La Roja will enter next summer's showpiece event in France having won the last two editions of the tournament.
Here, Sports Mole dissects the 90 minutes of action at the Estadio Municipal Las Gaunas.
On target: 9
On target: 1
Was the result fair?
With Spain only 1-0 ahead approaching the final 20 minutes of the contest, it could be argued that Luxembourg were unfortunate to lose by four goals, such is the effort that they put into the match. For long spells of the first half, the visitors frustrated Spain with a series of last-ditch challenges and excellent blocks. However, it was not much of a surprise when Cazorla sent La Roja into the lead in the 42nd minute. It was a similar story in the early stages of the second half, but it was always the type of game where Luxembourg needed to score the next goal if they were to stand a chance of securing a positive result.
That was not the case, however, with Alcacer racing onto a Cesc Fabregas pass to make it 2-0, before the Valencia forward scored his second of the night in the 80th minute. Five minutes later, insult was added to injury when Cazorla netted his second on what proved a comfortable night. Luxembourg deserve praise for what they put into the match, but just six shots - only one of which was on target - is an indication of their struggles. Spain, on the other hand, had 26 attempts and might have scored a couple more. A four-goal separation might be a touch harsh, but Spain certainly deserved to emerge victorious.
A number of injuries meant that head coach Vicente del Bosque could not select his strongest XI for this match and his problems worsened in the first period when David Silva and Alvaro Morata were both forced off injured. What should have been a comfortable first 45 minutes turned into a bit of a slog, with opportunities few and far between. Cazorla hit the crossbar in the first half, while Sergio Busquets and Jordi Alba also had good chances, but it took until the 42nd minute for the hosts to take the lead, with Cazorla having the simple task of scoring from close range after Pedro had been denied.
It took a bit of time for Spain to get going in the second half as Luxembourg continued to defend their lines, but there was not really a period of the match where Del Bosque's side threatened to lose control. At 1-0, Luxembourg were very much in the game despite their struggles, but Alcacer's fifth international goal effectively made sure of all the points. Alcacer, meanwhile, also made a strong case to be first choice in the final third as he scored his second in the 80th minute.
A final score of 3-0 would have been a fair reflection of the events, but Cazorla, who was impressive on the night, scored his second in the final five minutes. It was not exactly a performance that would have worried the likes of Germany and France ahead of Euro 2016, but Spain have now not conceded a single goal in a competitive match since last October. One look at the Spain bench here was an indication of their continued strength in depth and they simply cannot be written off ahead of the European Championships. It would take a brave man to bet against them making it three titles in a row.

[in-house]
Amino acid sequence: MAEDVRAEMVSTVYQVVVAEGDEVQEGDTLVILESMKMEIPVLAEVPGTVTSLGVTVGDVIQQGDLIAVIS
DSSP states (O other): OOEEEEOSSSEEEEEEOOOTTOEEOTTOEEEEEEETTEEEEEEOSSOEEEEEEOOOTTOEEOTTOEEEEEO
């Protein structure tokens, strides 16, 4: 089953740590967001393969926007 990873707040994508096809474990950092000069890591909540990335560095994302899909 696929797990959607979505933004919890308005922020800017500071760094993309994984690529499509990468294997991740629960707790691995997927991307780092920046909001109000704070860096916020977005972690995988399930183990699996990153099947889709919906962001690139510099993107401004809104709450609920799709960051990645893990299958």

On the face of it, a 4-0 defeat does not look great for Luxembourg, but head coach Luc Holtz can be proud of his team's performance. It was always going to be a massive ask for the Red Lions to make an impression against the European champions, but for long spells of the first half and sections of the second, they frustrated Spain. A five-man defence that included Kevin Malget, Maxime Chanot and Lars Gerson all impressed for the first hour, with the score still just 1-0 after 66 minutes.
The away side put so much into the first half, however, that the second was always going to be difficult. Neither team had a chance of note in the opening 20 minutes of the second period, but when Luxembourg's midfield switched off in the 67th minute, Fabregas set up Alcacer for 2-0. Visiting goalkeeper Jonathan Joubert will not look back too fondly on the third Spain goal, meanwhile, after a weak challenge on Alba led to Alcacer having the simple task of slotting home from 3-0.
It got worse late on when Cazorla added a fourth and in truth, Luxembourg were all over the place in the latter stages of the contest. For all of their work-rate and desire, they only had one shot on target and it did not trouble Iker Casillas. For Luxembourg, their wait to qualify for a major international tournament goes on, but they will be keen to avoid finishing bottom of the section as they prepare to host Slovakia, who need a positive result, in their final qualifier on Monday.
Sports Mole's man of the match
Santi Cazorla: The Arsenal midfielder has not always been an automatic starter for his country, but he made an important point here. It was the 30-year-old that opened and indeed completed the scoring against Luxembourg, but aside from his goals, it was the playmaker's touch and range of passing that impressed. He just about edged out fellow two-goal Alcacer for this accolade.
It is difficult to be too critical of Luxembourg, but as mentioned, their goalkeeper Joubert had a poor moment for Spain's third. The 36-year-old came out to challenge Alba inside the box, but it was a weak tackle from the stopper and Alba was allowed to find a cross into Alcacer, who could not miss. Jourbert should have been more decisive in that moment.
Referee Sebastien Delferiere can be pleased with his overall performance. The Belgian only issued four yellow cards and was always on hand to calm matters when tensions threatened to boil over. It was not exactly the most difficult game to officiate, but the 34-year-old contributed to what was an entertaining clash.
Spain: La Roja are now through to Euro 2016 as group winners, but face a Ukraine side on Monday that will be hoping to finish above Slovakia in second position.
Luxembourg: Luxembourg, meanwhile, host Slovakia as they attempt to secure second spot.